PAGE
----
A war was planned between Austria and a mixture of French and Piedmontese troops, with a hope for victory in favour of Piedmont. If this victory occurred, the Austrian territories in Northern Italy would join with Piedmont to form the Kingdom of Upper Italy. Cavour was successful in provoking a war with Austria in 1859 but things seemed doomed when Piedmont could only produce 20,000 men with Austria having an army of around 110,000. This is where Napoleon kept to his word, producing 200,000 soldiers, forming the majority of the army due to fight Austria. With French intervention, Austria seemed to worry after already being beaten at the battles of Magenta and Solferino.
However, the Prussian army managed to defeat the liberals who were then arrested throughout the whole of Germany. This weakened Austria’s influence in Germany for two reasons. Firstly, the fact that Prussia’s army defeated the liberals and stopped the revolutions showed that they were willing to take action and that they were actually quite powerful – strong enough to stop revolutions and uprisings throughout Germany. Secondly, the revolutions affected Austria’s political dominance in Germany because Metternich, the Austrian Chancellor had resigned and the new Emperor was more focused on revolutions outside of Germany, particularly in Italy. This showed that Austria wasn’t stable and was prepared to do as much as Prussia.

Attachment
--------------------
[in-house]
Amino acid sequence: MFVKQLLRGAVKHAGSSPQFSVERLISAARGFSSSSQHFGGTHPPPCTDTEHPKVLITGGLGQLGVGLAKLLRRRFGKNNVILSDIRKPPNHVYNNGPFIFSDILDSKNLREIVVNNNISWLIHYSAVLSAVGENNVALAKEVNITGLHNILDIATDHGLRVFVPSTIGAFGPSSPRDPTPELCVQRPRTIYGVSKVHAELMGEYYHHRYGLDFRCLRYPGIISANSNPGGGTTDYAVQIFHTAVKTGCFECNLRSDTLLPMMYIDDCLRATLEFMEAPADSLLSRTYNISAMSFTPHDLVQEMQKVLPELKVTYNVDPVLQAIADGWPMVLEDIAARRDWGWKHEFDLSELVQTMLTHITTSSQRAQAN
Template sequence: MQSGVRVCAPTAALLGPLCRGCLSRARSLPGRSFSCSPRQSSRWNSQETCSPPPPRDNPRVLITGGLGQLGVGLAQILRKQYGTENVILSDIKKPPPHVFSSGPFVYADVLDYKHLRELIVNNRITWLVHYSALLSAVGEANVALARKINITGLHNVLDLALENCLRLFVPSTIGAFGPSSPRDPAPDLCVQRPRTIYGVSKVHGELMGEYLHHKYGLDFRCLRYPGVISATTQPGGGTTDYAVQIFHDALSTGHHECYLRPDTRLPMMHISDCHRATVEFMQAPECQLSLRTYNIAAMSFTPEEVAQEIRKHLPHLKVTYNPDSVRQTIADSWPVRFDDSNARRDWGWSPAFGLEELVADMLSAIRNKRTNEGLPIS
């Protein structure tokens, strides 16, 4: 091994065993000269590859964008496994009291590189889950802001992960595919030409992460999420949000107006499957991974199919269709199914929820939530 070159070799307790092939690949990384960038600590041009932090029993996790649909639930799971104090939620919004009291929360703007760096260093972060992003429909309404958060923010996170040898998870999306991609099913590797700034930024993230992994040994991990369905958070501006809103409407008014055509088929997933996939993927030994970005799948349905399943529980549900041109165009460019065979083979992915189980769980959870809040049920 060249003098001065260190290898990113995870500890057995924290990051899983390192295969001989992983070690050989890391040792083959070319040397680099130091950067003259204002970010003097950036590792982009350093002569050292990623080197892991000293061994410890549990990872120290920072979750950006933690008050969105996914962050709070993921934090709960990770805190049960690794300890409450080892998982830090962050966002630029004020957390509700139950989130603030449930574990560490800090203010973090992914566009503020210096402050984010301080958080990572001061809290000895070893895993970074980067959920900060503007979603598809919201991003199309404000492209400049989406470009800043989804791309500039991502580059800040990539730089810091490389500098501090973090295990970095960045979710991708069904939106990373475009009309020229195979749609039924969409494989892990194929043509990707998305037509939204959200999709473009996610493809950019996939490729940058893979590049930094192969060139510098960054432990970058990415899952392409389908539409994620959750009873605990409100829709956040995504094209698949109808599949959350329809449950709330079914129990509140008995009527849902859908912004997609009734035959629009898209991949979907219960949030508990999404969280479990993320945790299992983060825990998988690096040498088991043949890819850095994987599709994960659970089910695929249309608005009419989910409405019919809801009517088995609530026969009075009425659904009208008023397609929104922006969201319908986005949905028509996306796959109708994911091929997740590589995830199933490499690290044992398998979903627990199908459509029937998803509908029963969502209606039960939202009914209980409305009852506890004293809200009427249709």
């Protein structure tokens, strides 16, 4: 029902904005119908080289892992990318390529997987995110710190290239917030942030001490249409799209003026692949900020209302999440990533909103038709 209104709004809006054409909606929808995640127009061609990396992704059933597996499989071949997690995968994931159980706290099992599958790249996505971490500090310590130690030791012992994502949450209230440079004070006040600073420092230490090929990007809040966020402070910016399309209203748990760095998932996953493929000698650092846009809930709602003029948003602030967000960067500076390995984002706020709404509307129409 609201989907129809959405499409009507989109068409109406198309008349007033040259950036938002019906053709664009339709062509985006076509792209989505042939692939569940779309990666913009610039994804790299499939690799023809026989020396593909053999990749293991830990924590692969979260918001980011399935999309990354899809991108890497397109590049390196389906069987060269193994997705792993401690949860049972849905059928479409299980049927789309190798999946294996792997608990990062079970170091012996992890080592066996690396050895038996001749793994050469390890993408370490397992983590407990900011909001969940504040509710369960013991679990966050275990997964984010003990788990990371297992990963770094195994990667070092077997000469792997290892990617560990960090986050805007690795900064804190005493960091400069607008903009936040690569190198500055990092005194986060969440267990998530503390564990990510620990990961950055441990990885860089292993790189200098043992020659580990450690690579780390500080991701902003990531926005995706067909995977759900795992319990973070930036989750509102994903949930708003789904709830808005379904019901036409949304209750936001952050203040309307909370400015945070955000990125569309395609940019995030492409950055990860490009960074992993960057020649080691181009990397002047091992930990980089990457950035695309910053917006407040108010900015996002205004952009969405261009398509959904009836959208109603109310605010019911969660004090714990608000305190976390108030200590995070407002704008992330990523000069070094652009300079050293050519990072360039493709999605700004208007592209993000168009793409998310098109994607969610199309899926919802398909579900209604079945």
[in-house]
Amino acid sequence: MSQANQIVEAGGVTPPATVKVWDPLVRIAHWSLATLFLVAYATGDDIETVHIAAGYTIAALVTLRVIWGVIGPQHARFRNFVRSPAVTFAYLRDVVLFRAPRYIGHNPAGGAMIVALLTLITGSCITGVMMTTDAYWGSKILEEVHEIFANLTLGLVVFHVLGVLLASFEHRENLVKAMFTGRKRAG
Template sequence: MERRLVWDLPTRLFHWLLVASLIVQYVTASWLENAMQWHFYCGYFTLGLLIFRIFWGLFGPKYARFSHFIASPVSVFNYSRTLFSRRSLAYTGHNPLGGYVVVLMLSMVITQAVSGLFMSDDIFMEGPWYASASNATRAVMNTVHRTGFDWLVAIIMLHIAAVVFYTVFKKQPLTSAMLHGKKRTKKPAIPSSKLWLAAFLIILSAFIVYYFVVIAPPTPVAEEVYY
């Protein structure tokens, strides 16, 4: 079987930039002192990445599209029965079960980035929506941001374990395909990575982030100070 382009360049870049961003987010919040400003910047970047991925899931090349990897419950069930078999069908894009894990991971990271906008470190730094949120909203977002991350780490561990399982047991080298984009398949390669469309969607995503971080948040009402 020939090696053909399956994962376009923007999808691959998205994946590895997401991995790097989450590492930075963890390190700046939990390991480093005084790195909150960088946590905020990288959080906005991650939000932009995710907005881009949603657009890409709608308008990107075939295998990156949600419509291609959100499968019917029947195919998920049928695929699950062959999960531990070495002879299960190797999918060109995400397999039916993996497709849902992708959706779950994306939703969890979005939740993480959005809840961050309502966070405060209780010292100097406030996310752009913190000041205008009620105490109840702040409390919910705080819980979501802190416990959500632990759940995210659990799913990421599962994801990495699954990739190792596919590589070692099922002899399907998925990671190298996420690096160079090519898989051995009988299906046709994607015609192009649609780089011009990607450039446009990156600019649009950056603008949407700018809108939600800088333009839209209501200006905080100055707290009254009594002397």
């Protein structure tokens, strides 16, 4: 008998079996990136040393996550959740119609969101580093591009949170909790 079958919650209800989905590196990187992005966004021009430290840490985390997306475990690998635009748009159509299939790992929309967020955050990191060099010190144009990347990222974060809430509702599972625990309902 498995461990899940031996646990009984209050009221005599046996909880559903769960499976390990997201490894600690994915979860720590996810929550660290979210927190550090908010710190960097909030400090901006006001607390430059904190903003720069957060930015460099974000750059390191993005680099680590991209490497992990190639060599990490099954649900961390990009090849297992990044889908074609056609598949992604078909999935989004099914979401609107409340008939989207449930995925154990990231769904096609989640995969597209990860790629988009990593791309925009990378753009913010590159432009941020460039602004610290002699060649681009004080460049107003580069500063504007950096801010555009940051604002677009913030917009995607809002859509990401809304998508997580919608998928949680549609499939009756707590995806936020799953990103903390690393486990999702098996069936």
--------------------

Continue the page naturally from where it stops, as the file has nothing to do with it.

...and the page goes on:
January 2012 Why did Piedmont become, and remain, the driving force towards closer Italian unity in the years 1848–61? To what extent can Italy be described as completely unified by 1870? June 2012 How far do you agree that the failure of Italian revolutionaries in the years 1820–49 was primarily due to a lack of popular support? How far do you agree that Cavour made the most significant individual contribution to the process of Italian unification in the years 1852–70? January 2013 How significant was
It can be suggested that Mazzini’s ideas were a contributing reason for the slow progress of national unity in Italy in the years 1815-1848. However, it is clear that Mazzini’s ideas weren’t the main reason for the slow progress of national unity in Italy. Mazzini’s appeal may have been very narrow and idealistic because of its revolutionary nature; there are other factors that also need to be examined. The most important factor would be the powerful influence of Austria. Others that can be considered to be the reason for slow progress are the nature of the states at this time with reactionary governments and their leaders, regionalism, lack of mass support and Mazzini’s ideas.